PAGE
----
Special to Niagara Now/The Lake Report
In February 2020, I was in Paris to see the Leonardo da Vinci exhibition at the Louvre. The museum was open late during the final days to accommodate the crowds, so for three rainy nights I walked alone along dark streets back to my hotel.
It was eerie. Buses, streets and bars were empty, no one was out except an occasional dog walker. Was it due to a virus story coming out of Wuhan? One night I stopped, transfixed by the bright interior of a corner café with four people: a couple dining late, a single man fingering his wineglass, and a bored waiter gazing out to the street.
It was Edward Hopper’s “Nighthawks,” painted 78 years earlier in New York City, transferred to Paris. This is what Hopper’s paintings do. Once seen, they tenaciously lodge in your mind. You don’t forget them.
They are quiet, spare, melancholy, mysterious. They speak to solitude, our isolated states, being alone although not necessarily lonely. They resonate. They make you think.
Edward Hopper is considered to be the greatest American realist artist of the 20th century. At a time of anxiety in America, Hopper began painting “Nighthawks.” The Japanese had bombed the U.S. naval base at Pearl Harbor on Dec. 7, 1941.
Hopper did not create spur of the moment. Each canvas took a long time of solitary thought, planning and studies. But when he was ready, his interpretations of intimate American life were symbolically suggestive, dramatic and powerful. They are not narratives but reveal everyday life in familiar settings: apartments, houses, offices, cafés, on the road.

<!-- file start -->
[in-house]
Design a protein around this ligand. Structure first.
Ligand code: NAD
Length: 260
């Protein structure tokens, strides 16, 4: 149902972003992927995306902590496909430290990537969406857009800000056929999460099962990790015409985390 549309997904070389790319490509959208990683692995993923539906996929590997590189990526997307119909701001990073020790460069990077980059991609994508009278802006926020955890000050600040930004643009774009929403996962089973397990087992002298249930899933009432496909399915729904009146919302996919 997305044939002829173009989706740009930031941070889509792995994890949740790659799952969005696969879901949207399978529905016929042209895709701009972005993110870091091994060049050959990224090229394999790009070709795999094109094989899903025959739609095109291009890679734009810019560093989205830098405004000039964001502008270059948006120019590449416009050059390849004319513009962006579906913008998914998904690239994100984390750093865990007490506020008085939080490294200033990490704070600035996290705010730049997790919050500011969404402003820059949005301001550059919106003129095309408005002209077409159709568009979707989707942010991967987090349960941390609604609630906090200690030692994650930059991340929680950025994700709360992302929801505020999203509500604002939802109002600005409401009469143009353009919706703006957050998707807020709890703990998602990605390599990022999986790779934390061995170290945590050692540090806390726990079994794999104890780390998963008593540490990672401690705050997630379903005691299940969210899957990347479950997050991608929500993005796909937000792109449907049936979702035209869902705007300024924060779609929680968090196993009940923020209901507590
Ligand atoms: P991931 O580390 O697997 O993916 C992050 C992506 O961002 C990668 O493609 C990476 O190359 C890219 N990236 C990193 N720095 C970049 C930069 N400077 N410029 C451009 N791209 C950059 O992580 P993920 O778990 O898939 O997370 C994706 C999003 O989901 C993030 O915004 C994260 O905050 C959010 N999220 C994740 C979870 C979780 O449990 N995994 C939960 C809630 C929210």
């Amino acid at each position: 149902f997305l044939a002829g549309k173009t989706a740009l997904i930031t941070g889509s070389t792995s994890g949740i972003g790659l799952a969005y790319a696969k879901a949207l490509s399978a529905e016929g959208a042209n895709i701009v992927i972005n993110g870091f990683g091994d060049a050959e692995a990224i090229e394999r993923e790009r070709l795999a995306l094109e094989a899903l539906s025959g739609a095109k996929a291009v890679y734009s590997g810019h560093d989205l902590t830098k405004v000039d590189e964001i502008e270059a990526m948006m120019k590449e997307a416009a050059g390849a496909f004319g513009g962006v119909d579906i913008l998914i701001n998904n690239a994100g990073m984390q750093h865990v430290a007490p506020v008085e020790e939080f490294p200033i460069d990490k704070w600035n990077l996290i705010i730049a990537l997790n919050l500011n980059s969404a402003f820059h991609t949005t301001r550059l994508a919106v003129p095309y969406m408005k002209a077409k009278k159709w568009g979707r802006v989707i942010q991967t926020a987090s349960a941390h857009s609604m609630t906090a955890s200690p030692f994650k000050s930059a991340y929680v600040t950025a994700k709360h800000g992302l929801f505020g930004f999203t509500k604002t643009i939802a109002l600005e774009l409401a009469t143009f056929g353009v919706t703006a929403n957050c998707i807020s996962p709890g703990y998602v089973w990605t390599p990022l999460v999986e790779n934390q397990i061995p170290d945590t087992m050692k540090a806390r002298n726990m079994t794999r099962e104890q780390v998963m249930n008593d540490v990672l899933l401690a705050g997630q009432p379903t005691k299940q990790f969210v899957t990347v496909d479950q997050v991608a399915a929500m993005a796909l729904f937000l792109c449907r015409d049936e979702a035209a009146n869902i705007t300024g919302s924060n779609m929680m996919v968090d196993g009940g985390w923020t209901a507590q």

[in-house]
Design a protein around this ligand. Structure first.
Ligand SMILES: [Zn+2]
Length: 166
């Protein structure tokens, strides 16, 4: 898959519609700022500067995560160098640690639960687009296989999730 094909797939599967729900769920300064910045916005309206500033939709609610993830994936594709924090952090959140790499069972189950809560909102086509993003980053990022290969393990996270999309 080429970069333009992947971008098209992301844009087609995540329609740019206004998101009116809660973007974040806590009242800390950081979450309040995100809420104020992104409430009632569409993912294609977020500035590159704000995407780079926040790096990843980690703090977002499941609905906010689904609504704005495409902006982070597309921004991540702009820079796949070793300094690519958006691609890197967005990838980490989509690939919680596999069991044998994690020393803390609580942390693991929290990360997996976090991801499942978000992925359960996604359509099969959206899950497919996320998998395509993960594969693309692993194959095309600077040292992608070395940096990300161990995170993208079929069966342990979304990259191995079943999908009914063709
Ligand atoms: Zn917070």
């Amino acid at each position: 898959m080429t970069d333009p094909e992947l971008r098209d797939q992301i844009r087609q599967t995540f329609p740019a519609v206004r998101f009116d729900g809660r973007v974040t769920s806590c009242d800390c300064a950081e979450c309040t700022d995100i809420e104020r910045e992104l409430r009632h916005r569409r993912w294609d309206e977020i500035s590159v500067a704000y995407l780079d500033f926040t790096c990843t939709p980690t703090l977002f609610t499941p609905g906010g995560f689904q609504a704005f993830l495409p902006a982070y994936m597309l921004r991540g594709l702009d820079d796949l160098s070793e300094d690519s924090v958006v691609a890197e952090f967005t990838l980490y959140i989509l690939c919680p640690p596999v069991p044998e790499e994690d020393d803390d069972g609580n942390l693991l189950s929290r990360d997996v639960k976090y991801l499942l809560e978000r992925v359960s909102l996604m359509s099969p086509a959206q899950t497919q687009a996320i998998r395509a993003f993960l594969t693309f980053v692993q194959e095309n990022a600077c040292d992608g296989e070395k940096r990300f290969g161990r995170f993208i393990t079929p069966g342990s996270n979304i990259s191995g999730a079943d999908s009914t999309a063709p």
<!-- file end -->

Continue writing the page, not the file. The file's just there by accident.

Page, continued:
In “Nighthawks,” a few people are having a coffee in a diner, late at night. Although they are connected by the counter, the figures are detached, lost in their own thoughts. The woman examines something in her right hand, her other hand almost touches the man’s hand holding a cigarette, suggesting intimacy.
We see only the angled back of the single man and the light catching his cheek. The bending server looks out toward the street, perhaps seeing himself in the glass. Hopper’s handling of light and shadow is masterful in the sharp contrast of the fluorescent-lit interior of the diner and the dark exterior, as well as in the detailed nuances of shading on the men’s suits and fedoras, and the woman’s skin, hair and dress.
Colour is saturated, establishing mood. The composition’s long diagonals are intersected by short verticals supporting large pane glass windows and the prow curve where there would normally be a door. The diner is topped by an ad for Phillies, America’s No.1 cigar, for 5 cents.
In the closed office building across the street, Hopper indicates human presence even when there is absence. The windows, like eyes, have green roller blinds pulled down at different heights and on the ground floor the cash register in the empty room waits for the cashier. An unseen streetlamp casts light and shadow within these silent enclosed spaces.
Hopper continues to have an enduring influence on artists, poets, filmmakers and now memes online, with the Simpsons, Star Trek, Batman and Superman and even Banksy at the “Nighthawks” diner.
Penny-Lynn Cookson is an art historian who taught at the University of Toronto for 10 years. She also was head of extension services at the Art Gallery of Ontario. Watch for her upcoming lecture series at the Pumphouse Arts Centre and at RiverBrink Art Museum.